Science Links of the Week

Converging evolution: the crocodile's head. Here, the Australian Crocodile. Photo: Shutterstock

A passion for the natural world drives many of our adventures. And when we’re not actually outside, we love delving into the discoveries about the places where we live and travel. Here are some of the best natural history links we’ve found this week. 

Modern crocodiles evolving rapidly: Crocodile ancestors date back 235 million years, to the Triassic period. But today, they are currently evolving faster than they have at any point in history. Analysis of crocodilian skulls shows that modern species look so similar because they have evolved to have the same skull shapes, not because of their shared ancestry.

Norwegian cave holds 100,000-year-old polar bear bones: The EvoCave project began in September to excavate cave systems in Norway. Already, their first dig discovered pieces of bone that date back 100,000 years. Many fragments come from prehistoric wolves, polar bears, and seals. The findings show that there must have been multiple warm phases during the last glaciation in Europe.

Chimps with leprosy have similar symptoms to humans. Photo: Tai Chimpanzee Project

A human disease appears in chimpanzees

Leprosy identified in wild chimpanzees for the first time: Leprosy-infected chimps have turned up in Guinea-Bissau and the Ivory Coast. The images show that the infected chimpanzees develop symptoms similar to those in humans. The chimps had lesions and growths on their faces, hair loss, and “claw hand” – excessive nail growth and deformed fingers. These are the first known cases of leprosy in wild chimpanzees and the first known non-human cases in Africa.

Octopuses can ‘see’ with their skin: Many cephalopods are known for their mesmerizing color-changing displays. Now scientists have discovered that octopuses can do this without using their eyes or brain. Their skin detects light and changes with the color temperature, in order to blend in better.

The ancient wine-making facility in Yavne, Israel. Photo: Israel Antiquities Authority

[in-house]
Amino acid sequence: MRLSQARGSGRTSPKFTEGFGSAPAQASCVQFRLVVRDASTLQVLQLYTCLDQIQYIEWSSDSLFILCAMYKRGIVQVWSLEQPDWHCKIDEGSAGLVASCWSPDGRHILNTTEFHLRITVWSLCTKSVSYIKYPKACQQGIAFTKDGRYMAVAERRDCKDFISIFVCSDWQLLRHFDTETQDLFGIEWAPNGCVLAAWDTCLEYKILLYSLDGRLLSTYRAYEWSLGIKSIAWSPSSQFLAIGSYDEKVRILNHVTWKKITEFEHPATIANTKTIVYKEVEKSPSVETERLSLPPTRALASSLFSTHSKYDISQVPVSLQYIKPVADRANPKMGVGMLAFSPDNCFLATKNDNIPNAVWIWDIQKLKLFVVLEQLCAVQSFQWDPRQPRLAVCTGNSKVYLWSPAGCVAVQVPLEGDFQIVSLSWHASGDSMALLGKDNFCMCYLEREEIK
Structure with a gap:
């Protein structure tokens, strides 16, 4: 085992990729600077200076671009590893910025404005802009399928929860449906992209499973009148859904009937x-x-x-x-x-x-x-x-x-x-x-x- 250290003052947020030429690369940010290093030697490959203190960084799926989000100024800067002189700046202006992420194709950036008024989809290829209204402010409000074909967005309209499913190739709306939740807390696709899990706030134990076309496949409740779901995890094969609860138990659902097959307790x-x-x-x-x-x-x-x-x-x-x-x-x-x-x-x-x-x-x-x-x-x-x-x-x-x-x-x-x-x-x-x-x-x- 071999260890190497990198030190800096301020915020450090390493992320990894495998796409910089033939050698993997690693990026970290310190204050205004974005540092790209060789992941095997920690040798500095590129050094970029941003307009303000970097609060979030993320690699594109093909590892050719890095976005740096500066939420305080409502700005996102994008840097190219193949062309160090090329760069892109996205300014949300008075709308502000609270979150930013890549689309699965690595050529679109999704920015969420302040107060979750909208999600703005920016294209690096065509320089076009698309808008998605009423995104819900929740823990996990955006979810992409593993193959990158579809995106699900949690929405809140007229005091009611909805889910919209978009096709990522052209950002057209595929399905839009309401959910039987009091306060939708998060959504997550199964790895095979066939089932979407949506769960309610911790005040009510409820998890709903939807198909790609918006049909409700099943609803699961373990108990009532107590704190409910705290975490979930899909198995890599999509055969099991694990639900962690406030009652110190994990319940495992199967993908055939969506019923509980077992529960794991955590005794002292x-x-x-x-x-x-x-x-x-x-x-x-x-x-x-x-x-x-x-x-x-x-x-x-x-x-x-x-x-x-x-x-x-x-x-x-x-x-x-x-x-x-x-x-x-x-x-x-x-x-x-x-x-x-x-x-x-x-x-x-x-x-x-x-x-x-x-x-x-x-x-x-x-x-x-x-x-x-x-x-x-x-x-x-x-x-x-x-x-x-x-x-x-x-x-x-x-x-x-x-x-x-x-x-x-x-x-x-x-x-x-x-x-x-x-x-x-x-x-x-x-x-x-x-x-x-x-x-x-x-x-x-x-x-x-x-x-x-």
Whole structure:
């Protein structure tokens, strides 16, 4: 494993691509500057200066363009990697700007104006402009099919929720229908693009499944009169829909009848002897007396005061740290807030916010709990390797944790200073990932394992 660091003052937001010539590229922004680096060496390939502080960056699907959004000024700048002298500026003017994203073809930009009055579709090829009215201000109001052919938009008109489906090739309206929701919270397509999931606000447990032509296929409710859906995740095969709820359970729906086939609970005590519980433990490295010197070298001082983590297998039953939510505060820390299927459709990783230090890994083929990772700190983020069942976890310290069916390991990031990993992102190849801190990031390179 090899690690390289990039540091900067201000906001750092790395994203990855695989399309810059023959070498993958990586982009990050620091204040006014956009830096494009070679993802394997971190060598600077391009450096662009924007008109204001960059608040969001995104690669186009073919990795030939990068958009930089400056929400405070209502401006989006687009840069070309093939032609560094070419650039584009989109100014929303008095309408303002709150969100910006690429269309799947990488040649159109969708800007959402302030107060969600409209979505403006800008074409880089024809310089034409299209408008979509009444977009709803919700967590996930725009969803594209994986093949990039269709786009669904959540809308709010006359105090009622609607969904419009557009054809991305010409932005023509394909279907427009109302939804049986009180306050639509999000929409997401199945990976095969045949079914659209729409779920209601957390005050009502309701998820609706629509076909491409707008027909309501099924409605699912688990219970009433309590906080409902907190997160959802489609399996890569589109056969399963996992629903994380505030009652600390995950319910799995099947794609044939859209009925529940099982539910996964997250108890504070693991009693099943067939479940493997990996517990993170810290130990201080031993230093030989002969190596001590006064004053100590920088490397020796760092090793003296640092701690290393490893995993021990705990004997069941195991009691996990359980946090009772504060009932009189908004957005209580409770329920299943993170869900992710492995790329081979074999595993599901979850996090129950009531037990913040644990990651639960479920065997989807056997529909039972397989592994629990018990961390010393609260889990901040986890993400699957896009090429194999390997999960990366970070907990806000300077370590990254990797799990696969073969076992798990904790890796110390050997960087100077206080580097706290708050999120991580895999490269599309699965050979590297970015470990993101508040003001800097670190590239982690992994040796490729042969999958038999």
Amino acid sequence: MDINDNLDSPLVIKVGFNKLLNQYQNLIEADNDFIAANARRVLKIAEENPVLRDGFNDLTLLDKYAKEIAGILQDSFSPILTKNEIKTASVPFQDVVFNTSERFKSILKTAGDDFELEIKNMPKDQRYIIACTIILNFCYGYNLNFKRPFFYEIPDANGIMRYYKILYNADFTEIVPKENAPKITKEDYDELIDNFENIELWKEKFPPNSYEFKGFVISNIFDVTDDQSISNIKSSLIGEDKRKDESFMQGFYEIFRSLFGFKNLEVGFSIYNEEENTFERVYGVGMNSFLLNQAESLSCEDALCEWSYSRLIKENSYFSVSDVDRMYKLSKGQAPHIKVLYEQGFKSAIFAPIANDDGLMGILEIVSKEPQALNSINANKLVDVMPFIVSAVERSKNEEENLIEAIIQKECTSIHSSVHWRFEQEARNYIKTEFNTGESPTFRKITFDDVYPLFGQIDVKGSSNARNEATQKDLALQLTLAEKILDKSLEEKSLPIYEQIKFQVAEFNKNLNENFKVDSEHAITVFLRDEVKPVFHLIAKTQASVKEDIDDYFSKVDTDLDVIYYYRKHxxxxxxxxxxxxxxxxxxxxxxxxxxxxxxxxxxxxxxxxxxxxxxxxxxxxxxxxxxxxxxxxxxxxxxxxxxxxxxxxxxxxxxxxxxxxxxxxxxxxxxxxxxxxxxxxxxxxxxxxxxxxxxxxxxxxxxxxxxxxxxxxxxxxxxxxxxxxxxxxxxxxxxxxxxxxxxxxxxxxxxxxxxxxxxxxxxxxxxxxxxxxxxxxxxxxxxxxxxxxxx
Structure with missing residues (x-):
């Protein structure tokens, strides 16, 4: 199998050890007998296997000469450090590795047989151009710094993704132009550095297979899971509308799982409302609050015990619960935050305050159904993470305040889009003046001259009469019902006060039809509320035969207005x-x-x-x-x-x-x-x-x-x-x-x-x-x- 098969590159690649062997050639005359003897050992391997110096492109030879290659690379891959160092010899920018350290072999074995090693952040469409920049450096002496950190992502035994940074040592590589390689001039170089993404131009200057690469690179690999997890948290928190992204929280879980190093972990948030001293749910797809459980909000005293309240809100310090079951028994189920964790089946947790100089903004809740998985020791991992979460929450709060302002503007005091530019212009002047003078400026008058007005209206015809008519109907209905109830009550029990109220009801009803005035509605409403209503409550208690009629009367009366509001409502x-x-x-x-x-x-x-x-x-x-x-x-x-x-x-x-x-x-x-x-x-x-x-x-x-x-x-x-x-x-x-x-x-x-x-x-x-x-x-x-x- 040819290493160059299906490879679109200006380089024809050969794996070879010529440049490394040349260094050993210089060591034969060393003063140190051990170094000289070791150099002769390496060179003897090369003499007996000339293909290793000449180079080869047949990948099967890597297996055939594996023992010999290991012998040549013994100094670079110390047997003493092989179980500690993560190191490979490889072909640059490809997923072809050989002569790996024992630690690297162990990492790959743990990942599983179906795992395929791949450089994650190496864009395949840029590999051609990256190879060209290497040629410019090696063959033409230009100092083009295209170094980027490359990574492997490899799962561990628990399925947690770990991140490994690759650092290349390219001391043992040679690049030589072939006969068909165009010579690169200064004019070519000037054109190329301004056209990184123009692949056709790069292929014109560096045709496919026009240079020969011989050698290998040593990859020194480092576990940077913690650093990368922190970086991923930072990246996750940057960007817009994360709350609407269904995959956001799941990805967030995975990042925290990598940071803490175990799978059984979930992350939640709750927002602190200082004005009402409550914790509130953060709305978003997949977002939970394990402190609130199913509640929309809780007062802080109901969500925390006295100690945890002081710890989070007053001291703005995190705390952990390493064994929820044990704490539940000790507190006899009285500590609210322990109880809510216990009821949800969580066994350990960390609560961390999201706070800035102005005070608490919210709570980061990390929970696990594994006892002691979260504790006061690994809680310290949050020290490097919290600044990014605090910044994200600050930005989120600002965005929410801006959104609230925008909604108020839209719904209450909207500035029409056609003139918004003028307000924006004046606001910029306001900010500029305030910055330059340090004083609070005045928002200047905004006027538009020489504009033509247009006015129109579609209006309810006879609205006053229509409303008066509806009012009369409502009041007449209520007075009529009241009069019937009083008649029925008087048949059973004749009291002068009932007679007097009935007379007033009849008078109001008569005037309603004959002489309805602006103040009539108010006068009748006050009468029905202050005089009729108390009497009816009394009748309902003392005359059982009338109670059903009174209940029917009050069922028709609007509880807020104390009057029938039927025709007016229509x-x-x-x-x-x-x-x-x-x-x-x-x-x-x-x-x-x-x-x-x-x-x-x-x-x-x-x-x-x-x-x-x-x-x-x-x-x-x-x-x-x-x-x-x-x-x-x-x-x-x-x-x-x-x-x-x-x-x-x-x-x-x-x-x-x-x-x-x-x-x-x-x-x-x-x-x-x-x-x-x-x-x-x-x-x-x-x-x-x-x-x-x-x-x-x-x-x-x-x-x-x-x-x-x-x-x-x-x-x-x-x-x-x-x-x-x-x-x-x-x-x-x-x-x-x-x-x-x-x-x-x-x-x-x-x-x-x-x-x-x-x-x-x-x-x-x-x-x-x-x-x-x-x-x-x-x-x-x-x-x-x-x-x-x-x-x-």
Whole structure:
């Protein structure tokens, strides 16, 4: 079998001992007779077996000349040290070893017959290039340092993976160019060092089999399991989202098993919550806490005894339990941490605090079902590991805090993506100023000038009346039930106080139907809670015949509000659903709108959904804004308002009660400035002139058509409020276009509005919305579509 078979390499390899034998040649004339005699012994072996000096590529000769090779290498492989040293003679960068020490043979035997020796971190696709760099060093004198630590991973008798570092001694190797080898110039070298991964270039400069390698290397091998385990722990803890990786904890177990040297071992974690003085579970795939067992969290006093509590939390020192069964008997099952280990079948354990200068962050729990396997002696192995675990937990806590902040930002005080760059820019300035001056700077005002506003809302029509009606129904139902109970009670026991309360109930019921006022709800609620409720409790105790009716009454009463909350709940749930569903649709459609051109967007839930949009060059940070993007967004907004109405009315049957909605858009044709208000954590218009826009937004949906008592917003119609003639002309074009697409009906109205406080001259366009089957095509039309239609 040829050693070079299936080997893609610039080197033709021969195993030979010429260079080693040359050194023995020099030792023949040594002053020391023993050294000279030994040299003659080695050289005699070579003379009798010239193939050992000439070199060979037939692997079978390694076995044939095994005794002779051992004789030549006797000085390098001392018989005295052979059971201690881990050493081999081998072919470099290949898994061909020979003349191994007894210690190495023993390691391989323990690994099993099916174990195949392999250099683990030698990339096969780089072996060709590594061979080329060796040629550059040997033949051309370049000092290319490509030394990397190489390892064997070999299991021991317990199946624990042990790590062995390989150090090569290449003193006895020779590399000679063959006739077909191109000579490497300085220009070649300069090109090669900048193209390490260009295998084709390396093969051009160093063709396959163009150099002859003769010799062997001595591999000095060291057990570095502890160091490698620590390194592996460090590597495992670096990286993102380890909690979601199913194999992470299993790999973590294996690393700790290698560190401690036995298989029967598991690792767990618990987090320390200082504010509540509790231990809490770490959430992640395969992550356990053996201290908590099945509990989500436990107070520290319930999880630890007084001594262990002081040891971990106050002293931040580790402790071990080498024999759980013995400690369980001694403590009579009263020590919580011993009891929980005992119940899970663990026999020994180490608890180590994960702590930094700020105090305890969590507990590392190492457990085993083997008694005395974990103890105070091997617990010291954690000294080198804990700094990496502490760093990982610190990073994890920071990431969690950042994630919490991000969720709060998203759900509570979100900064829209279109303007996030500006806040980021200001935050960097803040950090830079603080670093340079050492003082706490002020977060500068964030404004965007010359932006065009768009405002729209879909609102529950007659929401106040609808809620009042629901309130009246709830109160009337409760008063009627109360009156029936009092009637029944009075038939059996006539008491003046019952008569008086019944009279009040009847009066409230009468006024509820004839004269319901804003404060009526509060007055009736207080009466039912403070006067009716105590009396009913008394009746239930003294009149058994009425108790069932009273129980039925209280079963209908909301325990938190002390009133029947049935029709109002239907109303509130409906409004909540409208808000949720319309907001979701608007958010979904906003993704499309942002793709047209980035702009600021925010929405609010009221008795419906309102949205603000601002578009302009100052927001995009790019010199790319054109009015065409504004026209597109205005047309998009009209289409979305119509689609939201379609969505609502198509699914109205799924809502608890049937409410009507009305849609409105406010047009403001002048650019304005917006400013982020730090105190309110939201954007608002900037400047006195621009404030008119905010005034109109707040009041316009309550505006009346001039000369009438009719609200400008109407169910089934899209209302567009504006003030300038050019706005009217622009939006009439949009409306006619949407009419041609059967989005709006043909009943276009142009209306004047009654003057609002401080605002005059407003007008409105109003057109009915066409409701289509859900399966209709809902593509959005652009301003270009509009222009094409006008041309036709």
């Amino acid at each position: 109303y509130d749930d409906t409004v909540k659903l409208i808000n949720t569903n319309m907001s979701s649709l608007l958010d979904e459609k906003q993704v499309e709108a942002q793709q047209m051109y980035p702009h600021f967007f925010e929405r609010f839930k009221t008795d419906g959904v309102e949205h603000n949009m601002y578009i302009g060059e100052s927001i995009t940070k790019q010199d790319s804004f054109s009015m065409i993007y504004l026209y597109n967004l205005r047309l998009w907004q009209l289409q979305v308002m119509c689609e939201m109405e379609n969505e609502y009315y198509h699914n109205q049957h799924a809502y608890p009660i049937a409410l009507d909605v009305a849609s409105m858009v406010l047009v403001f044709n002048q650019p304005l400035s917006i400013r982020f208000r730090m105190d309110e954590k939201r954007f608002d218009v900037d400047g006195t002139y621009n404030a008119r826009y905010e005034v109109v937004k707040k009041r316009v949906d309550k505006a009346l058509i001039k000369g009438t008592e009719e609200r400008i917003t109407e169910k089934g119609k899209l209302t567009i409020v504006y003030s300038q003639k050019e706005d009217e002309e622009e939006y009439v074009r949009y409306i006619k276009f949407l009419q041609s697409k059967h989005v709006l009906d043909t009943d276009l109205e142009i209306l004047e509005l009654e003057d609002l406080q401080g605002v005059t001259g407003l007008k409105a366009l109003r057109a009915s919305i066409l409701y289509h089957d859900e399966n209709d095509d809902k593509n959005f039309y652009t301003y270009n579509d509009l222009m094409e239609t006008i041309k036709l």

An ancient winery

1,500-year-old winemaking facility unearthed in Israel: The largest known wine production complex from the Byzantine period has been discovered. The Israel Antiques Authority unearthed the facility in Yavne, south of Tel Aviv. The site contains five wine presses, four warehouses for aging, and kilns for firing clay amphorae. Archaeologists estimate that the site produced two million litres of wine every year. “We were surprised to discover a sophisticated factory here, which was used to produce wine in commercial quantities,” said researchers.

The Earth is reflecting less light: The amount of sunlight that the Earth reflects has noticeably lessened in recent years. A study from 1998 to 2017 found that the largest decrease happened in the last two years. The team measured earthshine –- the light that reflects off the Earth, to the moon, and then back to our planet. The drop may be due to warmer temperatures along the Pacific coasts of North and South America.

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About the Author

Rebecca McPhee

Rebecca is a freelance writer and science teacher based in the UK.

She is a keen traveler and has been lucky enough to backpack her way around Africa, South America, and Asia. With a background in marine biology, she is interested in everything to do with the oceans and aims to dive and open-water swim in as many seas as possible.

Her areas of expertise include open water sports, marine wildlife and adventure travel.

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